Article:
22 October 2012

Jason Brown on racism: part 2

Jason Brown during his days as shotstopper for Blackburn Rovers.

Last week, Aberdeen and Wales goalkeeper Jason Brown was scathing in his criticisms of football's governing bodies and anti-racism campaigns.

His interview on Sky Sports News attracted much attention as he slammed FIFA and UEFA for ignoring racism, and said that campaigns like Kick It Out weren't doing enough to address the issue. The interview, which you can read here, is by far the most-read article in this blog's short history.

Earlier this afternoon, Brown was invited to the Sky Sports studios for a second interview with presenter Jim White.

He started with one of the points he raised in his previous interview, "It's got to the point where enough's enough now. We as players feel we have to now take it upon ourselves and speak up."

When asked about Rio and Anton Ferdinand's refusals to wear Kick It Out T-shirts before the weekend's Premier League fixtures, Brown replied, "I don't know what their stance is. If you look at everyone who didn't wear it (the T-shirts), I think there is a lack of belief in Kick It Out. I think everyone can see it for what it is.

"I spoke to (Kick It Out chairman) Lord Ouseley the other day on a radio station and what was quite disturbing for me was, one of his last comments was, I'm not here to speak out for black professional football players who are wealthy.

"Does money come into race now? Is that what we're saying, that if you've got money, you have to take it? That's disappointing. How can people trust these people? How can people expect us to sport these T-shirts and badges when the chairman of Kick It Out says I'm not here to speak out?"

He continued, "You can't be reactive to these situations, you need to be proactive. I know for a fact that four or five players have met with Kick It Out and the PFA and asked them if they can give some suggestions to tackle this. They gave them suggestions, they told them their ideas, but it seems they lost it somewhere because they've done nothing.

"We're (black players) not here to become rebels and start up trouble. We're in the game because we love it, but at the same time, the people we trust - the unions, the PFA, the Kick It Out scheme - are not doing what we ask them to do. What are they here for?"

White asked Brown what he and the likes of the Ferdinands and Jason Roberts wanted to be done. Brown continued, "Jason's got his own view, so has Rio and Anton and everyone else. We all know that Kick It Out are not funded with loads of money, even though the Premier League is a billion-pound corporation, but what they can do, instead of using whatever they get for printing these T-shirts, they can drive up and down the motorways and introduce themselves. I didn't know who Lord Ouseley was until I spoke to him the other day, and he's been the chairman for ten years.

"Let players reassure players that if there are incidents of racism within a club, player on player, you can come to speak to me because I'm here to voice your opinion. Ask us, not just black people, white people and other different races and religions, ask us what can we do?"

What were Brown's views on PFA chief executive Gordon Taylor?

"Gordon Taylor is one of the people that sat down with the players. Maybe the paperwork's lost under his desk. They're not doing enough. They're here to speak to us. With the race issue, they've just let it slide.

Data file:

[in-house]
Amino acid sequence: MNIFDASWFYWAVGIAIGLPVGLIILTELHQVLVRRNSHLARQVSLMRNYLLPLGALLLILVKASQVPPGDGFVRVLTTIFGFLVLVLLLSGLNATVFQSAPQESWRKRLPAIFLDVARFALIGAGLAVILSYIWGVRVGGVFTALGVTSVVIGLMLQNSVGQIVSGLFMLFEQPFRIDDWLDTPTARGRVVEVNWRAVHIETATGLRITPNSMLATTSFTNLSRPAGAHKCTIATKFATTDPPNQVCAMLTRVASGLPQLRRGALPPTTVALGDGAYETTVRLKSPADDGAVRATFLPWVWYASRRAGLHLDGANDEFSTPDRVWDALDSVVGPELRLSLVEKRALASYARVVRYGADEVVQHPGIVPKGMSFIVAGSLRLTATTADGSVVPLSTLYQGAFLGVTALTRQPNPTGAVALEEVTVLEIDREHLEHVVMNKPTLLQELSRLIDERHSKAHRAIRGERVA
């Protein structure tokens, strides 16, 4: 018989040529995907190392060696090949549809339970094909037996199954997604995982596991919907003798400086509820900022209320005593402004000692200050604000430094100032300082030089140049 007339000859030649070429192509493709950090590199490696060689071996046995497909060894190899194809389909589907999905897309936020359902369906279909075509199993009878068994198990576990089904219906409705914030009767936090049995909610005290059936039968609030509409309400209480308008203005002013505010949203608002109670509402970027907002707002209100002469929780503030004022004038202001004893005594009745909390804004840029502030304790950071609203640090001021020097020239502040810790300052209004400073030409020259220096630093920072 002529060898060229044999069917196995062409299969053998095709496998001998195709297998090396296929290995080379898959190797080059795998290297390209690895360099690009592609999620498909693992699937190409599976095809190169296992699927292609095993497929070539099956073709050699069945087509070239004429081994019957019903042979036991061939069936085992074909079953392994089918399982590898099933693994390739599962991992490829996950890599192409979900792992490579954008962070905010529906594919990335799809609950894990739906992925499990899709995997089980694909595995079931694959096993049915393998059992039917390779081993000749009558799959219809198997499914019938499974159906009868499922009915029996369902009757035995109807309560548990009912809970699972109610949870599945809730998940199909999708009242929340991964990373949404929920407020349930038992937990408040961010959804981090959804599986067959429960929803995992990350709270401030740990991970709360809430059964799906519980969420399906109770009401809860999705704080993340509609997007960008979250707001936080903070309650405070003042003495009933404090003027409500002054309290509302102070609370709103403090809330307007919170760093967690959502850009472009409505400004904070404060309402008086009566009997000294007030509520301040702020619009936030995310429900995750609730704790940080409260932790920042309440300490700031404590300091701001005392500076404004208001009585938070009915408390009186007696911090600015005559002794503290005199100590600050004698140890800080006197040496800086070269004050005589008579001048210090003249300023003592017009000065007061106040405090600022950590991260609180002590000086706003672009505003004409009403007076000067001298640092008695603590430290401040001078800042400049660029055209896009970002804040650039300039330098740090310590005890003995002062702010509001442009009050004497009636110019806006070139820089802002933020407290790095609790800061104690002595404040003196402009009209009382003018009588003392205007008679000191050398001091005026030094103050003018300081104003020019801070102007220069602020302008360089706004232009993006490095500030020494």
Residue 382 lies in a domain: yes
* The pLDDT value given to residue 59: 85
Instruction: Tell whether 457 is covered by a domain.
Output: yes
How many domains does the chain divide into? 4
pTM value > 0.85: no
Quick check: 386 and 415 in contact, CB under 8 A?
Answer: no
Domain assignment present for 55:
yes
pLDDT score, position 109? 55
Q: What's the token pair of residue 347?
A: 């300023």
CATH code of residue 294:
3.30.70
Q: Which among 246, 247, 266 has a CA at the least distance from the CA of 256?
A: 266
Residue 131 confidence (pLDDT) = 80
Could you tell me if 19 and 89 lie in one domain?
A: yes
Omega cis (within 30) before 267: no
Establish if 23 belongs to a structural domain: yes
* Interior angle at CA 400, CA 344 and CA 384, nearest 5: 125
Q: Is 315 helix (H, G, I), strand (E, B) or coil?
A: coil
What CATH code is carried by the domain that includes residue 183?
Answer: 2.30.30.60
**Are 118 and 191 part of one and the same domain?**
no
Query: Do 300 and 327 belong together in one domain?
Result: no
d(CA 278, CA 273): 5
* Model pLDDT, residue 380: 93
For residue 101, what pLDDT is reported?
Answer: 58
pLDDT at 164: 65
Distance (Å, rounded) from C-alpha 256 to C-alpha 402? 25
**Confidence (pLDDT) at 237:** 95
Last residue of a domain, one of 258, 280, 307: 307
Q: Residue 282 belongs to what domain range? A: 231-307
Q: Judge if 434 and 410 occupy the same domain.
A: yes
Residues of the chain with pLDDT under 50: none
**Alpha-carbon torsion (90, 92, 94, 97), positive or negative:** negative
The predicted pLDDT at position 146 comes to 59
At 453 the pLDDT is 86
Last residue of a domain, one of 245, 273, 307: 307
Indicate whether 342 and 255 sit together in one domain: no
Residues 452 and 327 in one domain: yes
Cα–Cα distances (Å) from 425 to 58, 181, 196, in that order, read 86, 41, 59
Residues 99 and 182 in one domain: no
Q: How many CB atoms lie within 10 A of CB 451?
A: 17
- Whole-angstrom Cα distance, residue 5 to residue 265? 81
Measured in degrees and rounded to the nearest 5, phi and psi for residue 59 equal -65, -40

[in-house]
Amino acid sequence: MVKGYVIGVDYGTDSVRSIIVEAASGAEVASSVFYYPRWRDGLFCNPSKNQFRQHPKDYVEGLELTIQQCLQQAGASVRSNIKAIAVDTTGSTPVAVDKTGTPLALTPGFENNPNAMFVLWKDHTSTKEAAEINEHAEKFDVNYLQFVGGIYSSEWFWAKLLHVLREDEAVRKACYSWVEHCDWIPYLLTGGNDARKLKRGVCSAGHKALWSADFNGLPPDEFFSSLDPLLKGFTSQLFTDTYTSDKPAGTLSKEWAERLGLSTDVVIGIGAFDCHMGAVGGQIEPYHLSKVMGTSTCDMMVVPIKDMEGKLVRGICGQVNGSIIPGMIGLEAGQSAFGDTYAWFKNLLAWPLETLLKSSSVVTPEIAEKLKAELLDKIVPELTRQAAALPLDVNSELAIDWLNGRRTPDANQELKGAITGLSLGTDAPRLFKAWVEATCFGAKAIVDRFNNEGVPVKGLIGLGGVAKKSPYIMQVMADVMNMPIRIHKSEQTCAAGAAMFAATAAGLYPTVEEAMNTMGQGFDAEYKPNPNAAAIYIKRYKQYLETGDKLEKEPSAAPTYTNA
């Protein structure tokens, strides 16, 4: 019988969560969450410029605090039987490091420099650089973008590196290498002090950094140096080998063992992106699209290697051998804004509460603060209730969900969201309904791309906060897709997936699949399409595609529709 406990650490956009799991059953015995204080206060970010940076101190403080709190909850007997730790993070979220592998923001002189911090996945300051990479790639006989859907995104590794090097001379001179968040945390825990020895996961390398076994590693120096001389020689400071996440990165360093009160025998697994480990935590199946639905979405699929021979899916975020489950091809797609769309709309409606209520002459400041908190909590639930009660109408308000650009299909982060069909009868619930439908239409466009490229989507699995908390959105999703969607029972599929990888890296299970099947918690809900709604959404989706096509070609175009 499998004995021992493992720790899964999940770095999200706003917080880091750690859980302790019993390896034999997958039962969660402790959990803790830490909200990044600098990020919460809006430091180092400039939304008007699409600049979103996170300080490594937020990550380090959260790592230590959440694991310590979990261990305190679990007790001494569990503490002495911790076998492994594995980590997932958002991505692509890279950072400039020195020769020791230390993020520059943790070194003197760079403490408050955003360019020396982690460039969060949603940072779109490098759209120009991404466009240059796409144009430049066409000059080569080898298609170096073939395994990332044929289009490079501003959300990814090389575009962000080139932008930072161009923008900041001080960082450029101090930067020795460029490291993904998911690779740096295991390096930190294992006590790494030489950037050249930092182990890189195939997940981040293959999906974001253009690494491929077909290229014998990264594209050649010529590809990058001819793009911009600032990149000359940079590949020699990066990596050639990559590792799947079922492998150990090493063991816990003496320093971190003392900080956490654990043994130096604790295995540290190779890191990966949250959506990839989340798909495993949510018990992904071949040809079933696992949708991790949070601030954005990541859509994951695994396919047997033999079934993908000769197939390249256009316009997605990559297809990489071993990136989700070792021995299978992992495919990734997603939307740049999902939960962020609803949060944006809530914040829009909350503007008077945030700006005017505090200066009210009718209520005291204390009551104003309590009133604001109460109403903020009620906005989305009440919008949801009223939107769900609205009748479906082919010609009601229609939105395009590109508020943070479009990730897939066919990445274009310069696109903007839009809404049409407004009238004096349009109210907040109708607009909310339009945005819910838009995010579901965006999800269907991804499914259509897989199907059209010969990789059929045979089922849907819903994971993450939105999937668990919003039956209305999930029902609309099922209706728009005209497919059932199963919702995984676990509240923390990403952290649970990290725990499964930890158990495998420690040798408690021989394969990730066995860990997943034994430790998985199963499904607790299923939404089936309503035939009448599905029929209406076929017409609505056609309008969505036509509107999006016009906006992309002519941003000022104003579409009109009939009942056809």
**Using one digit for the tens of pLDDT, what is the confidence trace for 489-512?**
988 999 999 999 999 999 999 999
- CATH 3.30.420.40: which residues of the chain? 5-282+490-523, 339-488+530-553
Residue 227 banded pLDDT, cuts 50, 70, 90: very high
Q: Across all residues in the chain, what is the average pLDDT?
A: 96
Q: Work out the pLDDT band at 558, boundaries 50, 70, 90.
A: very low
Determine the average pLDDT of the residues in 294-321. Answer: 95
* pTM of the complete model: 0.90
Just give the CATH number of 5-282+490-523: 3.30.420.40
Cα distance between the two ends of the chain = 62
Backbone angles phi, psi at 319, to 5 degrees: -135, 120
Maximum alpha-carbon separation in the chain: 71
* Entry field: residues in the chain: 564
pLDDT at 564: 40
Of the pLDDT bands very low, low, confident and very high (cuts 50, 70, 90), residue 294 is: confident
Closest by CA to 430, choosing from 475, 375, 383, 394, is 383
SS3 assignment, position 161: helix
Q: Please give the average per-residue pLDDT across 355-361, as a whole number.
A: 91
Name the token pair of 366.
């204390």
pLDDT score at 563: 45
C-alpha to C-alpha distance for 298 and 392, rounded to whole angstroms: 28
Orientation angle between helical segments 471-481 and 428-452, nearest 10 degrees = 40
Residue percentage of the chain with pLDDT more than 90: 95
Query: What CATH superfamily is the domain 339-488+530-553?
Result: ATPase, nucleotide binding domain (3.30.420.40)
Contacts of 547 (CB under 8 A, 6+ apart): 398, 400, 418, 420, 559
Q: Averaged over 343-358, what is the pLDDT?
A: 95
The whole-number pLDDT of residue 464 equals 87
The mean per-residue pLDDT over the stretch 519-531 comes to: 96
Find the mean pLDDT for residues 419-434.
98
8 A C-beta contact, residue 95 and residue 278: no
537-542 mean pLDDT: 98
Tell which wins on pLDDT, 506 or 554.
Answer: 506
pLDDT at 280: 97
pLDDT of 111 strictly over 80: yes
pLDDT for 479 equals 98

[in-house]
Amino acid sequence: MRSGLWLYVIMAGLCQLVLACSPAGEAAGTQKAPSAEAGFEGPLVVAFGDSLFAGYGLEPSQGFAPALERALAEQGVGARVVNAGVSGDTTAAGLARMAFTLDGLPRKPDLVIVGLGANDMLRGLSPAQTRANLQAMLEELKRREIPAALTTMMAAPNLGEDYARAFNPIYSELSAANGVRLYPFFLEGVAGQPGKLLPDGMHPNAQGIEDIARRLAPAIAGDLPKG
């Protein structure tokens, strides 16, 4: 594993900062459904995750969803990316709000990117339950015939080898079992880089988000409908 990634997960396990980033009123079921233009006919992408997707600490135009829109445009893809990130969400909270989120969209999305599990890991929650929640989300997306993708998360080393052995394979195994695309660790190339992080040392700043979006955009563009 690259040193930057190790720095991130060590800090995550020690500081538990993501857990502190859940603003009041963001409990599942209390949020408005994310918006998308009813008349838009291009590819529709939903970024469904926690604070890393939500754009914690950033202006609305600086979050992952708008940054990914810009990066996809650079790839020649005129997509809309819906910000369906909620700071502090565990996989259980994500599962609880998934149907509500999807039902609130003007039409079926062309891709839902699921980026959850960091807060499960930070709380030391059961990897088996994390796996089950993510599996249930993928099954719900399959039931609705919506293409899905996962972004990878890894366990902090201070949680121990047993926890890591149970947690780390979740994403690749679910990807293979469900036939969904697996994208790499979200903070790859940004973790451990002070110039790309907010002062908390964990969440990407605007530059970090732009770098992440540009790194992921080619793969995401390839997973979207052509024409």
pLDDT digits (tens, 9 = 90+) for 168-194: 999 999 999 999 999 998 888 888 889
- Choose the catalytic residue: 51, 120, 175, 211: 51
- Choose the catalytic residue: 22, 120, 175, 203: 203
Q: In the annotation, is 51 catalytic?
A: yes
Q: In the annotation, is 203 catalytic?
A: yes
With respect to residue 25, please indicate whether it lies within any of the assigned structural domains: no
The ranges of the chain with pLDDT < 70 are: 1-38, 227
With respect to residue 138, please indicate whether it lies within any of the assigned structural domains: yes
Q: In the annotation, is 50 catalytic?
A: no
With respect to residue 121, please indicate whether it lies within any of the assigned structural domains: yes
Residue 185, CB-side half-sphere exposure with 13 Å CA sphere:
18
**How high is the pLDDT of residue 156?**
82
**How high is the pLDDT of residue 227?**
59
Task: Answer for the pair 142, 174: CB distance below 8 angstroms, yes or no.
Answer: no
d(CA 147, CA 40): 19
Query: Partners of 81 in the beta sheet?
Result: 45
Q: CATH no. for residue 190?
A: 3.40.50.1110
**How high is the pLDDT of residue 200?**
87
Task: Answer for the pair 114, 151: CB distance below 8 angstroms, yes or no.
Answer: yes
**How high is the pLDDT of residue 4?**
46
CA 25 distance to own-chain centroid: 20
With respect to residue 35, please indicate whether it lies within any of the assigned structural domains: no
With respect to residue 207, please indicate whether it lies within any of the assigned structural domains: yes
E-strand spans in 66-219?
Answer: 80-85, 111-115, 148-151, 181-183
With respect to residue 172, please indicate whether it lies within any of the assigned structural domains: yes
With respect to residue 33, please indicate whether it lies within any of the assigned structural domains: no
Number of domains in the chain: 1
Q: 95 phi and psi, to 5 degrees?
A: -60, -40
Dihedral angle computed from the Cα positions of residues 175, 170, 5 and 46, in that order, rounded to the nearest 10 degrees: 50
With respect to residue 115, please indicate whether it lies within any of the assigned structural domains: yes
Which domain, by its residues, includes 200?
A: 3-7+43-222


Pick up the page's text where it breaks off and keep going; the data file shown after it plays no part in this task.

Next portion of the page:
"You don't have to fall out with people, but what you can do, you can go and say to Sepp Blatter, excuse me, you're not doing enough. The players are not happy.

"Football's a worldwide sport played by many races and religions. We don't want it to come down to a point where we feel that, because we're a different colour or religion, we can't play football because we're scared of getting abuse."

Brown also had a stark warning that a breakaway union for players of ethnic minorities could follow.

"People have said there can't be a breakaway, and I'm all for that. We all have to fight racism together. I'm not saying we want to be rebels, but at the same time, if you're not doing enough, then you're forcing us down that road. We don't want to do this but we gave you suggestions, and it's about time you started reacting.

"I'm not saying people should lose their jobs. I just feel that it's a bit difficult now for me to trust Kick It Out when the chairman says he's not here for black professional footballers.

"How about you get yourself in the office with Sepp Blatter, sit him down and show him a video about racism? Let him understand it, I'm sure he does.

He goes on, "I am passionate about this. I suffered racism as a football player, and when I was a kid, and it hurts. I've got two children, and I want to be able to look them in the eye and say I'm trying to fight this cause. I'm not going to change the world, but I'm part of the cause to fight this, so that when my son and daughter want to play football, they don't have to worry about someone racially abusing them."

Finally, the 30-year-old was asked by White if there was any chance of racism being eradicated from football at some point during his career.

"That would be a bit naive of me if I said, yes, it would. Racism's not going to go overnight, but we need to start making strides and counter-attack it. It doesn't help when you have clubs and federations not doing it. We have to remember that the FA have opened themself up for Serbia to say, before you start pointing the finger at us, how about you get your own house in order."

If there were more people in football like Jason Brown, who are outspoken and willing to take the footballing authorities to task, maybe we would be closer to kicking racism out of football. When the PFA next come to electing a chairman, he should be seriously considered.

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